One of the biggest problems with shopping at Whole Foods is how expensive it is, and a running joke about the store is that consistently buying things from there is only possible for the super wealthy.
There's been articles written about it, and of course, memes created about just how pricey things can be. I can't remember the last time I went into a Whole Foods and came out with two shopping bags and spent less than $30.
Meanwhile you get me in an Aldi with $50 and I've groceries for the entire week including some delicious bars of german chocolate packed with hazelnuts that are ready for some Netflix binge-watching action. Whole Foods? Not so much.
Venting about it online is standard operating procedure.
But now that Amazon's purchased Whole Foods, there have been some changes in the store: chief among them, lower prices for key items. And some of the initial cuts are really significant. Here are the first round of price cuts to some of the store's most commonly purchased items.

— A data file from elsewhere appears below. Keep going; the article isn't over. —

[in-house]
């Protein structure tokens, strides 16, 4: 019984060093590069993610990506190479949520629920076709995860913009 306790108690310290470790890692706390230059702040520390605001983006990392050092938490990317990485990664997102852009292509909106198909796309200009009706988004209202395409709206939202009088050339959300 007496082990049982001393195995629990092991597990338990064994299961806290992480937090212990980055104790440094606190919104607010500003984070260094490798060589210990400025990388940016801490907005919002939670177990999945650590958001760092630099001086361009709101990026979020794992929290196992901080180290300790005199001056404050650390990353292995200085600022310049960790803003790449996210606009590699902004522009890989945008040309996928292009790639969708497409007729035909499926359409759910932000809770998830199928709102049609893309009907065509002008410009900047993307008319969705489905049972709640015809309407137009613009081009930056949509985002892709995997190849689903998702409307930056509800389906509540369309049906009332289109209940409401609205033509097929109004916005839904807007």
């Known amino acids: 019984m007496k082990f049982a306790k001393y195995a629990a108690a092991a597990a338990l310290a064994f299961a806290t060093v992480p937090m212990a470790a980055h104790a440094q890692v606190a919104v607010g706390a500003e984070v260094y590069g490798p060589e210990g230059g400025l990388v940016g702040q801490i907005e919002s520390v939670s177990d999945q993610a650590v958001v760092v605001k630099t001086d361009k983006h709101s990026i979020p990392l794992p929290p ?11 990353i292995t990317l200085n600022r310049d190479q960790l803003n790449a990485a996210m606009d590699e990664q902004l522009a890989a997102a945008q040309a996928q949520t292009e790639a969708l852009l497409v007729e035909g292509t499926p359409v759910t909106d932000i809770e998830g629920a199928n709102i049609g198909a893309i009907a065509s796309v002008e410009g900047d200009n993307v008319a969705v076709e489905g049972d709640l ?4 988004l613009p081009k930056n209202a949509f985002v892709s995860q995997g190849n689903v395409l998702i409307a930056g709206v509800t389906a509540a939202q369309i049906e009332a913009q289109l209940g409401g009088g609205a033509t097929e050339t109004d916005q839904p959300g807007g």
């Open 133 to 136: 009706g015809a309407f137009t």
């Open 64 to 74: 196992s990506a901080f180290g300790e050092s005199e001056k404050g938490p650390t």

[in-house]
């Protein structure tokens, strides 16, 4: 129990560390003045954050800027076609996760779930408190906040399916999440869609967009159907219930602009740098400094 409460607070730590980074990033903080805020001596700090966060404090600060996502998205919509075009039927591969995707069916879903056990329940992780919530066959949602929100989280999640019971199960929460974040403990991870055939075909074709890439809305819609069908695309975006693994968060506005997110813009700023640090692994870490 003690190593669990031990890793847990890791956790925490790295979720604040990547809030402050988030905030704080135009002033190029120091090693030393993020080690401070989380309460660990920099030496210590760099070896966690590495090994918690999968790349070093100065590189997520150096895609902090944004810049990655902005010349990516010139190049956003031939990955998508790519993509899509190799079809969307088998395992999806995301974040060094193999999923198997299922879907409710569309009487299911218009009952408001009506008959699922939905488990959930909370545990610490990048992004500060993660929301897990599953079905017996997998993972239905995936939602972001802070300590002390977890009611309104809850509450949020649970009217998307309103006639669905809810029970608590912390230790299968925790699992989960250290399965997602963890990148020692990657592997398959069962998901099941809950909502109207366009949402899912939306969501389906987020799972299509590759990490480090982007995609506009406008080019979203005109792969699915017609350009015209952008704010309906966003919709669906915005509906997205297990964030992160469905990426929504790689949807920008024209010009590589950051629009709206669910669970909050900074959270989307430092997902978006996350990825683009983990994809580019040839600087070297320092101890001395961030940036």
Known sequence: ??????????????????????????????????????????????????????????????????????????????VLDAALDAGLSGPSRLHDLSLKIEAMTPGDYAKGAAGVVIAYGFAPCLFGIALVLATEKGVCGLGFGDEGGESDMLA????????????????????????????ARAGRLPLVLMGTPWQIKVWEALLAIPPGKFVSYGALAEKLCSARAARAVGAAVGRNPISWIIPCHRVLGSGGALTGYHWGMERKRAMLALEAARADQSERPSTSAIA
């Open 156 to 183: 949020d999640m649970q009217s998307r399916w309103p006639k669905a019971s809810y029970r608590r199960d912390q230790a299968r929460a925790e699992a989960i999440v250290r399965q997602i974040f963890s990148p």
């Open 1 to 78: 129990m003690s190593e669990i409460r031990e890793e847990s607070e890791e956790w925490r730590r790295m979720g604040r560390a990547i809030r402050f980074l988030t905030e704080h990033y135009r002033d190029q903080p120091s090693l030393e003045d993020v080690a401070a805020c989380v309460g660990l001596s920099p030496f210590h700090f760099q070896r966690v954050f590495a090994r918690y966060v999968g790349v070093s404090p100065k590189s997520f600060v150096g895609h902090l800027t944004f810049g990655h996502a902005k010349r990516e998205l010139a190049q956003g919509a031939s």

1. 365 Everyday Value Butter - $5.29 to $4.49.
2. Organic Rotisserie Chicken - $13.99 to $9.99.
3. Creamy and Crunchy Almond Butter - $7.99 to $6.99.
4. 85% Lean Ground Beef - $6.99 to $4.99.
5. Organic Tilapia - $11.99 to $7.99.
6. Organic Salmon - $14.99 to $9.99.
7. Organic Cage-Free Large Brown Eggs - $4.29 to $3.99.
8. Organic Baby Kale - $3.99 to $3.49.
9. Organic Baby Lettuces - $3.99 to $3.49
10. Organic Avocados - $2.99 to $1.99.
11. Organic Fuji Apples - $3.49 to $1.99.
12. Organic Gala Apples - $2.99 to $1.99.
13. Organic Whole Trade Bananas - $.99 to $.69.
14. Whole Trade Bananas - $.79 to $.49.
And although these price breakdowns don't seem like that big of a deal, over the course of multiple grocery shopping visits, the savings are really significant.
The changes are coming fast; some locations are even selling Alexa home assistants at the front door. Pro-tip: troll your Whole Foods by asking the Alexas where you can buy the same items for cheaper nearby.
Let's just hope the savings extend to other items in the store, as well. But one can only hope, this is Whole Foods we're talking about, at the end of the day. (h/t cnbc)
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